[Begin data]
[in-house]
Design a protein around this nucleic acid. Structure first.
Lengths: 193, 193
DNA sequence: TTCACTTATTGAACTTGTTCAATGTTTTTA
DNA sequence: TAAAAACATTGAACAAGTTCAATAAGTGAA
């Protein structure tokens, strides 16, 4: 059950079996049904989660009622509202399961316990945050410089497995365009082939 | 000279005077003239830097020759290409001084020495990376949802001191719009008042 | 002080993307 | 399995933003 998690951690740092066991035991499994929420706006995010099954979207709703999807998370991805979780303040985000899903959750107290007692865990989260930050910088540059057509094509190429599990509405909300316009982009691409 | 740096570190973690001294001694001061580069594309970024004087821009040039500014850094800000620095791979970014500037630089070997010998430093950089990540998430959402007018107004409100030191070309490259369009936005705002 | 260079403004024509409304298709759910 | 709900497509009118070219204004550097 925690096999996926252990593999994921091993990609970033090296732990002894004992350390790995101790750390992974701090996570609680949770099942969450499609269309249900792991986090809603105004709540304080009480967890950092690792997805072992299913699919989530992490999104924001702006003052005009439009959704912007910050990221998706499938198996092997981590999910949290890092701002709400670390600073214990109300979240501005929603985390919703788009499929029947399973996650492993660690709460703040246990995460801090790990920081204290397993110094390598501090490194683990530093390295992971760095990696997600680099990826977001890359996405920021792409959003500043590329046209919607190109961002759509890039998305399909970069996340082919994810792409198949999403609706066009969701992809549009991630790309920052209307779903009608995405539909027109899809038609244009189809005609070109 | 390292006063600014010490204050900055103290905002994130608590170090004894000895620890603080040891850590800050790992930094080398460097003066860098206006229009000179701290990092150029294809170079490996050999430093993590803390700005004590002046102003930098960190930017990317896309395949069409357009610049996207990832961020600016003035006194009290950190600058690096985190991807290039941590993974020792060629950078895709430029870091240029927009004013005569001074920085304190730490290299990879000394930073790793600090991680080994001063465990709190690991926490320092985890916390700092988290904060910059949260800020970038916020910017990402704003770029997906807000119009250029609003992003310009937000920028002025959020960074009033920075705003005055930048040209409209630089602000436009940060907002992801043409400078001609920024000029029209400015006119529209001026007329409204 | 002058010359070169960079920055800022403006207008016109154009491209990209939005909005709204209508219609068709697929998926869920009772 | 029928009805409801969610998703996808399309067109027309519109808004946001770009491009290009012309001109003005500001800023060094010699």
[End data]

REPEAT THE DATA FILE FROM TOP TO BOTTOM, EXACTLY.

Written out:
[in-house]
Design a protein around this nucleic acid. Structure first.
Lengths: 193, 193
DNA sequence: TTCACTTATTGAACTTGTTCAATGTTTTTA
DNA sequence: TAAAAACATTGAACAAGTTCAATAAGTGAA
């Protein structure tokens, strides 16, 4: 059950079996049904989660009622509202399961316990945050410089497995365009082939 | 000279005077003239830097020759290409001084020495990376949802001191719009008042 | 002080993307 | 399995933003 998690951690740092066991035991499994929420706006995010099954979207709703999807998370991805979780303040985000899903959750107290007692865990989260930050910088540059057509094509190429599990509405909300316009982009691409 | 740096570190973690001294001694001061580069594309970024004087821009040039500014850094800000620095791979970014500037630089070997010998430093950089990540998430959402007018107004409100030191070309490259369009936005705002 | 260079403004024509409304298709759910 | 709900497509009118070219204004550097 925690096999996926252990593999994921091993990609970033090296732990002894004992350390790995101790750390992974701090996570609680949770099942969450499609269309249900792991986090809603105004709540304080009480967890950092690792997805072992299913699919989530992490999104924001702006003052005009439009959704912007910050990221998706499938198996092997981590999910949290890092701002709400670390600073214990109300979240501005929603985390919703788009499929029947399973996650492993660690709460703040246990995460801090790990920081204290397993110094390598501090490194683990530093390295992971760095990696997600680099990826977001890359996405920021792409959003500043590329046209919607190109961002759509890039998305399909970069996340082919994810792409198949999403609706066009969701992809549009991630790309920052209307779903009608995405539909027109899809038609244009189809005609070109 | 390292006063600014010490204050900055103290905002994130608590170090004894000895620890603080040891850590800050790992930094080398460097003066860098206006229009000179701290990092150029294809170079490996050999430093993590803390700005004590002046102003930098960190930017990317896309395949069409357009610049996207990832961020600016003035006194009290950190600058690096985190991807290039941590993974020792060629950078895709430029870091240029927009004013005569001074920085304190730490290299990879000394930073790793600090991680080994001063465990709190690991926490320092985890916390700092988290904060910059949260800020970038916020910017990402704003770029997906807000119009250029609003992003310009937000920028002025959020960074009033920075705003005055930048040209409209630089602000436009940060907002992801043409400078001609920024000029029209400015006119529209001026007329409204 | 002058010359070169960079920055800022403006207008016109154009491209990209939005909005709204209508219609068709697929998926869920009772 | 029928009805409801969610998703996808399309067109027309519109808004946001770009491009290009012309001109003005500001800023060094010699």